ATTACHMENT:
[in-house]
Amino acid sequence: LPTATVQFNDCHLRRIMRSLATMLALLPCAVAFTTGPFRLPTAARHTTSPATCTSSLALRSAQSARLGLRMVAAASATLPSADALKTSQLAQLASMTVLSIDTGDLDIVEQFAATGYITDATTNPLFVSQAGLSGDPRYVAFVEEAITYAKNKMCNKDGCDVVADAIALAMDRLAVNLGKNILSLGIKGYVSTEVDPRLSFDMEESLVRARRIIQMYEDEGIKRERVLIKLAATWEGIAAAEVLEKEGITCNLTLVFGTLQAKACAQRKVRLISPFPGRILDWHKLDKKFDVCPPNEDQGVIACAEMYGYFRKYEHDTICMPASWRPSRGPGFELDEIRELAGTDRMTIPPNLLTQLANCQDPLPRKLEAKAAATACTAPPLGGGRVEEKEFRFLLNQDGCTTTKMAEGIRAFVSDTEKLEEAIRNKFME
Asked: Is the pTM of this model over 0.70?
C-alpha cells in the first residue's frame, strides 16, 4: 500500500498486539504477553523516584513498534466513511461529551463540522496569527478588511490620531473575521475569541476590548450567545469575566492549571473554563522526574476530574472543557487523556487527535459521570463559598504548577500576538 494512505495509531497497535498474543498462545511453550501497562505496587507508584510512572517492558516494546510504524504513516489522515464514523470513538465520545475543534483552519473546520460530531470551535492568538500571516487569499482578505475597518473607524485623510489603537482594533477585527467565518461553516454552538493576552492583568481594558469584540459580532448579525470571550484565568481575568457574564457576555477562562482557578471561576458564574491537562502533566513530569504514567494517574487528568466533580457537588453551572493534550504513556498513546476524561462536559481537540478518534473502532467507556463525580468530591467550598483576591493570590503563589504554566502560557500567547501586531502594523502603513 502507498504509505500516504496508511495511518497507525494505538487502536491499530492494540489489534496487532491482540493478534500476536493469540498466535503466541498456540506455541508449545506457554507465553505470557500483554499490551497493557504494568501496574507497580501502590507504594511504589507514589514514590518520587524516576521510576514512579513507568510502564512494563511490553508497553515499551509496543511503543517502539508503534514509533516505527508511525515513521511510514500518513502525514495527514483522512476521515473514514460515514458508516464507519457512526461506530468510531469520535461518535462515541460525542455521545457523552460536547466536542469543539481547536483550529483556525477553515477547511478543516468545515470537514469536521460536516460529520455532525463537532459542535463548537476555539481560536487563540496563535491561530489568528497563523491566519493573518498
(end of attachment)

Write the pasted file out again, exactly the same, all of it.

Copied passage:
[in-house]
Amino acid sequence: LPTATVQFNDCHLRRIMRSLATMLALLPCAVAFTTGPFRLPTAARHTTSPATCTSSLALRSAQSARLGLRMVAAASATLPSADALKTSQLAQLASMTVLSIDTGDLDIVEQFAATGYITDATTNPLFVSQAGLSGDPRYVAFVEEAITYAKNKMCNKDGCDVVADAIALAMDRLAVNLGKNILSLGIKGYVSTEVDPRLSFDMEESLVRARRIIQMYEDEGIKRERVLIKLAATWEGIAAAEVLEKEGITCNLTLVFGTLQAKACAQRKVRLISPFPGRILDWHKLDKKFDVCPPNEDQGVIACAEMYGYFRKYEHDTICMPASWRPSRGPGFELDEIRELAGTDRMTIPPNLLTQLANCQDPLPRKLEAKAAATACTAPPLGGGRVEEKEFRFLLNQDGCTTTKMAEGIRAFVSDTEKLEEAIRNKFME
Asked: Is the pTM of this model over 0.70?
C-alpha cells in the first residue's frame, strides 16, 4: 500500500498486539504477553523516584513498534466513511461529551463540522496569527478588511490620531473575521475569541476590548450567545469575566492549571473554563522526574476530574472543557487523556487527535459521570463559598504548577500576538 494512505495509531497497535498474543498462545511453550501497562505496587507508584510512572517492558516494546510504524504513516489522515464514523470513538465520545475543534483552519473546520460530531470551535492568538500571516487569499482578505475597518473607524485623510489603537482594533477585527467565518461553516454552538493576552492583568481594558469584540459580532448579525470571550484565568481575568457574564457576555477562562482557578471561576458564574491537562502533566513530569504514567494517574487528568466533580457537588453551572493534550504513556498513546476524561462536559481537540478518534473502532467507556463525580468530591467550598483576591493570590503563589504554566502560557500567547501586531502594523502603513 502507498504509505500516504496508511495511518497507525494505538487502536491499530492494540489489534496487532491482540493478534500476536493469540498466535503466541498456540506455541508449545506457554507465553505470557500483554499490551497493557504494568501496574507497580501502590507504594511504589507514589514514590518520587524516576521510576514512579513507568510502564512494563511490553508497553515499551509496543511503543517502539508503534514509533516505527508511525515513521511510514500518513502525514495527514483522512476521515473514514460515514458508516464507519457512526461506530468510531469520535461518535462515541460525542455521545457523552460536547466536542469543539481547536483550529483556525477553515477547511478543516468545515470537514469536521460536516460529520455532525463537532459542535463548537476555539481560536487563540496563535491561530489568528497563523491566519493573518498